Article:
– David Delasanta
Executive Vice President

ThermoEnergy Corp.




Driving Force; Adjunct to our Executive Team

Marc is a seasoned marketing professional with an exceptional combination of energy knowledge, hands-on marketing skills, and creative talent. His marketing campaigns were the driving force behind our highly-successful “Build Our Brand” strategic business initiative. Marc is a team player, and we were proud to have his marketing leadership as an adjunct to our executive team.

-Michael Peterson
Former Managing Principal –
The Structure Group
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Builds Brands; Penetrates Markets

I’ve watched Marc work his magic at both GreenFuel Technologies and Excelergy Corp. I’ve never met anyone else who could penetrate a new market or build a brand faster.

-Cary Bullock
Former Chairman, CEO and Co-Founder
Excelergy Corporation
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Former CEO –
GreenFuel Technologies
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Exceptional Abilities

Marc’s exceptional ability to articulate the value proposition and vision of new technology is a valuable asset to any company looking to capture mindshare in the media and market share in the industry.

-Larry Dinkin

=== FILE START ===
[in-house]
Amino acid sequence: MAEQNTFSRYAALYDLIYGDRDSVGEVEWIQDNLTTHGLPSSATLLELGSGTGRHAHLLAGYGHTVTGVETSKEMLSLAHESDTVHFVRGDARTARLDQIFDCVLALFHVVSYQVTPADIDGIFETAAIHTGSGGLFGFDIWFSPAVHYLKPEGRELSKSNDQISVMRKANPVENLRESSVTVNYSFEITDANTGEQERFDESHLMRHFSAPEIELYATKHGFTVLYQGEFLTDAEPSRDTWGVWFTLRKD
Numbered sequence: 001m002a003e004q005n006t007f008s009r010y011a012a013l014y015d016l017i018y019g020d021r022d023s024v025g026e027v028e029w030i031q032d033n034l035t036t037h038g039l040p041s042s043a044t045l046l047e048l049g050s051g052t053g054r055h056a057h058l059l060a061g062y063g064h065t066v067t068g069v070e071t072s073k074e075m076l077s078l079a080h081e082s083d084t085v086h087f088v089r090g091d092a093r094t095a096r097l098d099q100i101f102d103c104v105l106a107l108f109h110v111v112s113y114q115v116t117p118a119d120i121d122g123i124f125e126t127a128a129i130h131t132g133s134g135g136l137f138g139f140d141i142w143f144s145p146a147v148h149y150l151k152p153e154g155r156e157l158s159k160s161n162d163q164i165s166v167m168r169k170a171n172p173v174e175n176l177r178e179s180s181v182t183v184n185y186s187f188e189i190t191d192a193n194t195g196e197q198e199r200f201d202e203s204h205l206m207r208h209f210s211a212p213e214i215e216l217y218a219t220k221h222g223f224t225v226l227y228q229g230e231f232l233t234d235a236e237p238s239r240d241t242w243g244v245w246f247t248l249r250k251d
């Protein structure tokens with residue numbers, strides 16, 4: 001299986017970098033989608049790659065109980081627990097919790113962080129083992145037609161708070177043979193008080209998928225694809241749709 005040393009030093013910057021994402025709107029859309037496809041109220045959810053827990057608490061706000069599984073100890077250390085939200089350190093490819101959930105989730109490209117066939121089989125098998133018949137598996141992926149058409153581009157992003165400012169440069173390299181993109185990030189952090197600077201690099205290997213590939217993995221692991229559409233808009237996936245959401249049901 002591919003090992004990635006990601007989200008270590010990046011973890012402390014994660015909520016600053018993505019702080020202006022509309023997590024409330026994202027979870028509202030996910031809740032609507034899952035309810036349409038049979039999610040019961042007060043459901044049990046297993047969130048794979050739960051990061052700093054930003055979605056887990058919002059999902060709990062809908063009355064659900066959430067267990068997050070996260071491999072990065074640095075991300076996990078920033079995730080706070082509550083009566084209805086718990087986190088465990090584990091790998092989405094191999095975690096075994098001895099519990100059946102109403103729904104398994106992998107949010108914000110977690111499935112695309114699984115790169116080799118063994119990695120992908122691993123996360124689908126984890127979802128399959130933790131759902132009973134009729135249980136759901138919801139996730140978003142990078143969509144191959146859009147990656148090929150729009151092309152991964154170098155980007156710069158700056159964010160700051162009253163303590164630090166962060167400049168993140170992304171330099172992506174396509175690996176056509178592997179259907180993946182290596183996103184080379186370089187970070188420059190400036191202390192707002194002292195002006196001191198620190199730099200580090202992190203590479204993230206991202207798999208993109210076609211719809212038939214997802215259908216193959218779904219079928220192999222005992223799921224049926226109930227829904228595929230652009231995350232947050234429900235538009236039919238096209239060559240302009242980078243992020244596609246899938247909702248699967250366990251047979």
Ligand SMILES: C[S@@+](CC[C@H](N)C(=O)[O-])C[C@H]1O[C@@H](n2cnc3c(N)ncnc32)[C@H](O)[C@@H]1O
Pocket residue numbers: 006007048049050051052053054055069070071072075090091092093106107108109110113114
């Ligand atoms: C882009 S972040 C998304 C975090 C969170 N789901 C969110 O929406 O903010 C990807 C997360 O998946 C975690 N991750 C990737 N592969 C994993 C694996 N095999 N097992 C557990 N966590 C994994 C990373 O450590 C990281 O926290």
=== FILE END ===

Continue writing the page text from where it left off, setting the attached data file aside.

Board of Directors and Cofounder –

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Quickly and Cost Effictively Launchs Quality Programs

“Having worked with Marc at several organizations over the past 20 years, I have always been impressed by how quickly and cost-effectively he can launch quality marketing programs.”

-Dr. E. Ted Prince
Founder and CEO –
Perth Leadership Institute

Builds Customers

Marc’s direct marketing support for the Information Builders sales seminar programs put our sales team face to face with more than 9,000 customers and prospects in a single year.

-Marc Koppelman
Former Director,
PC Software Sales –
Information Builders

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Ability to Simplify Complex Technology

Marc’s unique ability to present complex technology in simple and easily understood terms, combined with his talent at transforming product attributes into clearly defined benefits, quickly builds market visibility and generates sales leads.

-Martin K. Goldenblatt
Former Vice President Sales
Greenfuel Technologies

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Talented and Experienced

Marc not only has the experience to develop effective marketing strategies, he has the talent to execute them quickly and cost-effectively.

-Steve Swenke
Former President and CEO
Metrum Technologies


Unquestinalble Difference in Quality

There is an unquestionable difference in the quality and effectiveness of your marketing campaigns when a professional like Marc is running the show.

-Chris Cazer
President –
Osprey Systems
Former CIO –
Excelergy Corporation
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Delivers Cost-Effective Results

Marc Bane is an excellent tactical and operational marketer of energy software and technology. He delivers cost-effective results by increasing brand awareness and a predisposition to a company’s value proposition.

-Kevin Monagle
Associate Partner, Energy & Utilities
IBM Global Business Services

Former Sr. VP and Founder
Excellergy Corp.